Bigfork Forms Citizen Group to Prepare for Natural Disasters

By Beacon Staff

Floodwaters look like a distinct possibility for the Flathead this spring, and a new group in Bigfork is taking steps to assist emergency responders by preparing citizens for natural disasters.

The Bigfork Emergency Response Team held a public meeting on April 21 at Bigfork Elementary, introducing the idea to the locals and providing disaster preparedness information.

The goal is “to be prepared and to be a support system for our emergency service personnel,” said BERT member Cheryl Richmond. “There are things we can do, and part of what we can do is educate ourselves.”

With the snowpack at more than 150 percent of the average in some places in Flathead County, the looming threat of creeping waters provided the drive behind the group’s formation. The goal is to be able to be self-sufficient for three or four days if roads and bridges are washed out and help can’t get there right away, BERT member Bruce Nelson said.

About 40 Bigfork residents attended the meeting. Participants heard flood preparation tips from officials from Flathead and Lake counties, as well as the Army Corps of Engineers.

Flathead County Office of Emergency Services Deputy Director Cindy Mullaney told the crowd that they should have a 72-hour emergency kit, an evacuation plan and a way to stay informed if a flood occurs.

These preparations include having two meeting places if a disaster happens, she said, one inside the house and another located outside. Residents should also identify an out-of-state contact in case local phone lines are disrupted, she said.

The pre-emergency steps would apply in any disaster situation, from earthquakes to volcanic eruptions, Mullaney said, but there is a high likelihood Flathead residents will experience some flooding this spring.

“We’ve been told by the weather service that it’s not a matter of if we flood, it’s when we flood,” Mullaney said. “To what extend, no one can really tell us that.”

Mullaney said definitions matter when it comes to flooding, because the federal government designates any event that covers two or more acres in water or affects more than two properties as a flood.

She noted that the weather will play a major part in flooding potential. If the weather stays cool, it will push flood incidences back, Mullaney said. Ideally, the spring days would be warm and the nights would cool off to give the rivers a chance to recover from the swell of snowmelt.

“We’re planning for the worst case and hoping for the best case,” Mullaney said.

Planning includes sandbags, of which the county has 40,000 to 50,000 waiting. The sandbags are typically used to shore up public infrastructure, but Mullaney said the county commission agreed to make them available to the public, as well as sand to fill them.

The bags would be made available if the flooding danger becomes clear. Mullaney suggested the Bigfork group work with civic and school groups to help fill the bags.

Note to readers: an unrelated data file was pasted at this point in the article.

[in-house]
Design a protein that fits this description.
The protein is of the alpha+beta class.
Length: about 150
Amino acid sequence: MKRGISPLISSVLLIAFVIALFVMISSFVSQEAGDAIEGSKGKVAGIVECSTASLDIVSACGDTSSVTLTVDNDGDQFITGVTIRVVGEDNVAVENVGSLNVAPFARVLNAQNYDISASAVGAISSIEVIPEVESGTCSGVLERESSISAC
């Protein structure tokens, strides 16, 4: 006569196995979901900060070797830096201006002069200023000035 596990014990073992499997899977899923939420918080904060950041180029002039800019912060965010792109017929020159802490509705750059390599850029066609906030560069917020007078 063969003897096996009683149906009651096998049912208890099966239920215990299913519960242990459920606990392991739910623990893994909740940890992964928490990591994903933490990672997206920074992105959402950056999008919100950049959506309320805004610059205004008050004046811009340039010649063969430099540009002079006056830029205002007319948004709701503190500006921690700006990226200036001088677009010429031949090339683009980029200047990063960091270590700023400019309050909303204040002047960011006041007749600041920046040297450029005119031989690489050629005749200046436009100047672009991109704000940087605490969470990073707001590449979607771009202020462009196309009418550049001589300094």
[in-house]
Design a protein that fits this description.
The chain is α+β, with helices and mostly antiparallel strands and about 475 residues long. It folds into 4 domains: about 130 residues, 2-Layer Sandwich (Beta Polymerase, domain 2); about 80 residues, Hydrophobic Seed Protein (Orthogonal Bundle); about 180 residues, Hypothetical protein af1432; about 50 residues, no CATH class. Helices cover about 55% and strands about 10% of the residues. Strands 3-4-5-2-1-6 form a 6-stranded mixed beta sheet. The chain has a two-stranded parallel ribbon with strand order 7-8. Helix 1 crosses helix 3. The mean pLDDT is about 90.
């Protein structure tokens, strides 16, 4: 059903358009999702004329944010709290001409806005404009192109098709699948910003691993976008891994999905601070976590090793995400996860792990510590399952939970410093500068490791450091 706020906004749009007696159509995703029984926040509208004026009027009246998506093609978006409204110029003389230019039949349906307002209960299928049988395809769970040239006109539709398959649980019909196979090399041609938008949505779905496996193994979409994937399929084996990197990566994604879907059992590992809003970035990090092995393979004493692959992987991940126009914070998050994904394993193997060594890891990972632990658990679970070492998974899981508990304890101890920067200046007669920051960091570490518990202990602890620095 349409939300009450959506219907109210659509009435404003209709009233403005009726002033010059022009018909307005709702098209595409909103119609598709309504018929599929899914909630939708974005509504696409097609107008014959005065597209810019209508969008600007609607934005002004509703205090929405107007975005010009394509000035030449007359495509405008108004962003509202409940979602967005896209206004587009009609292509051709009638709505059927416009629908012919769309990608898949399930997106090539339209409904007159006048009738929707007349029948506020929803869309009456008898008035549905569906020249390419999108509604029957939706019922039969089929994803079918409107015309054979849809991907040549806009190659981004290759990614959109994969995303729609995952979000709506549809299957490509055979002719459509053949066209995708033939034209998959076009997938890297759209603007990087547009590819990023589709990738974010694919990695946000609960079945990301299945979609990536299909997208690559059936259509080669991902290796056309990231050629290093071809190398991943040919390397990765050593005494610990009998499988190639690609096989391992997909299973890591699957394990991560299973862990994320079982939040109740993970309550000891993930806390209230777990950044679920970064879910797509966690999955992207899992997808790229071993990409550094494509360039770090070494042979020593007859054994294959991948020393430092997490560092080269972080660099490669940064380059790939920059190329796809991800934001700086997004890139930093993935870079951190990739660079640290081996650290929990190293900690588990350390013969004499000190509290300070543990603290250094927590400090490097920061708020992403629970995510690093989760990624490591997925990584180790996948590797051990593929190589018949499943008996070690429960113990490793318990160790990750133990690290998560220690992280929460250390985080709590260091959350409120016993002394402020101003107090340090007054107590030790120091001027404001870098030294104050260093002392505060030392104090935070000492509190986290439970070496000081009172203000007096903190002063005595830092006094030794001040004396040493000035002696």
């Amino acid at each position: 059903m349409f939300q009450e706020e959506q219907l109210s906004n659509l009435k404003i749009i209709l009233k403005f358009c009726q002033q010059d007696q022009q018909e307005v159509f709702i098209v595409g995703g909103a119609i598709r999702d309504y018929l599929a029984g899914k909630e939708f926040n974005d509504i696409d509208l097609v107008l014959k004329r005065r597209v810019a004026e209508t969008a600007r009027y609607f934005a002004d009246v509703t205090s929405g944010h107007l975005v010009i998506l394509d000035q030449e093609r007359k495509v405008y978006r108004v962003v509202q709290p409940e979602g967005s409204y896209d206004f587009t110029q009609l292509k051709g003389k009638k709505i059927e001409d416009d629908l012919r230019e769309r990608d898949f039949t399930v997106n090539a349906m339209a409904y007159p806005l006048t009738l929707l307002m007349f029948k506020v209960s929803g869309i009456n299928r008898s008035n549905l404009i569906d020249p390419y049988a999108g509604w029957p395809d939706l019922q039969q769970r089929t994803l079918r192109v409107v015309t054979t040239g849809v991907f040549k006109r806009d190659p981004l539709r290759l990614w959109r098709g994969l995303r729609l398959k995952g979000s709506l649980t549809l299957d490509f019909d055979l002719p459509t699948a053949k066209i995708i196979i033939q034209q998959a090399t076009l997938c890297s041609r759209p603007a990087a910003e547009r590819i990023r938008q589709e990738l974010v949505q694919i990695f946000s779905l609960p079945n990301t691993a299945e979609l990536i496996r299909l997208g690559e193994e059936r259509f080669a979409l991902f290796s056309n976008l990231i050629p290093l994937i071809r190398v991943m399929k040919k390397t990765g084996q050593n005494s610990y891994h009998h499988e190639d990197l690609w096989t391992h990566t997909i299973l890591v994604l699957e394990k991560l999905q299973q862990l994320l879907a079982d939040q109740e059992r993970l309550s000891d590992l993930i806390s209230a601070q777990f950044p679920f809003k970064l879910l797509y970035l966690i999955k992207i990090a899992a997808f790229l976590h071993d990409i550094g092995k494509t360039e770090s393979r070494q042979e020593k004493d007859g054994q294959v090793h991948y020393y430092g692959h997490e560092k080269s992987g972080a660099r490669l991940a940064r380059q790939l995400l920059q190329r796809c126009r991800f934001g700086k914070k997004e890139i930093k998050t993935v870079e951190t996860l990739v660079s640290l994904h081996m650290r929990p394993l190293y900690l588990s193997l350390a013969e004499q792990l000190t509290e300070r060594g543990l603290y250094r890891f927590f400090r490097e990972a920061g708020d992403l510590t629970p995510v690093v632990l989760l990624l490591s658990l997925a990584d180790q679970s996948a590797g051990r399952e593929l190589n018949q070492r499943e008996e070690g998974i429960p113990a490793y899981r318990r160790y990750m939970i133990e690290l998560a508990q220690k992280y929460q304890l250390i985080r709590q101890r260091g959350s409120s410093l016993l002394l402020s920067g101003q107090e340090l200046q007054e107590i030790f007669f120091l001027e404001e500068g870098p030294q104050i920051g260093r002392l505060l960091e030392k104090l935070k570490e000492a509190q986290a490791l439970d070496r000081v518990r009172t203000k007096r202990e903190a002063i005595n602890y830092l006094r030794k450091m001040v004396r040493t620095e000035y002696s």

“It’s the old-fashioned, hard work, fill-‘em-and-stack-‘em,” Mullaney said.

In the event of a flood, Mullaney said the OES would set up a public information center staffed by volunteers. The Red Cross would also be available to help affected residents and their animals.

Charlie Comer, representing the U.S. Army Corps of Engineers, said he has about 200,000 sandbags in storage in Libby, and access to 1.5 million in Seattle if necessary.

He told the Bigfork residents that it is important to be prepared to survive on their own for three days in the event of a natural disaster.

“Most of the time we can get to you in 72 hours,” Comer said.

Members of the crowd reminisced about the flood of 1964, asking questions about anchoring propane and sewage tanks as well as what to do when the ground water rises with the river.

Comer suggested buying sump pumps and asked the residents to work together when laying out sandbags.

“What you do upstream affects everybody downstream,” Comer said.

Mullaney told the crowd that there would likely be a couple of days notice if evacuations are necessary since they won’t be dealing with flash floods. She reminded residents to use an emergency evacuation checklist if necessary.

This checklist suggests storing the following items in an easy-to-carry container: medicines; first aid kit; important documents, such as mortgage and birth certificate papers; cash or checks; clothing and bedding; enough water for a gallon per person per day; food; irreplaceable items; pet supplies and hygiene items.

After the meeting, Mullaney said the Bigfork residents are taking the right steps by planning ahead. Nelson said BERT is trying to spread its preparation messages through churches and civic groups as well.

For river level information, visit www.wrh.noaa.gov/mso/hydrology/composites.php. For more information on 72-hour kits, visit www.ready.gov.

For more information on the Bigfork Emergency Response Team, visit www.bigforkemergencyinfo.org.

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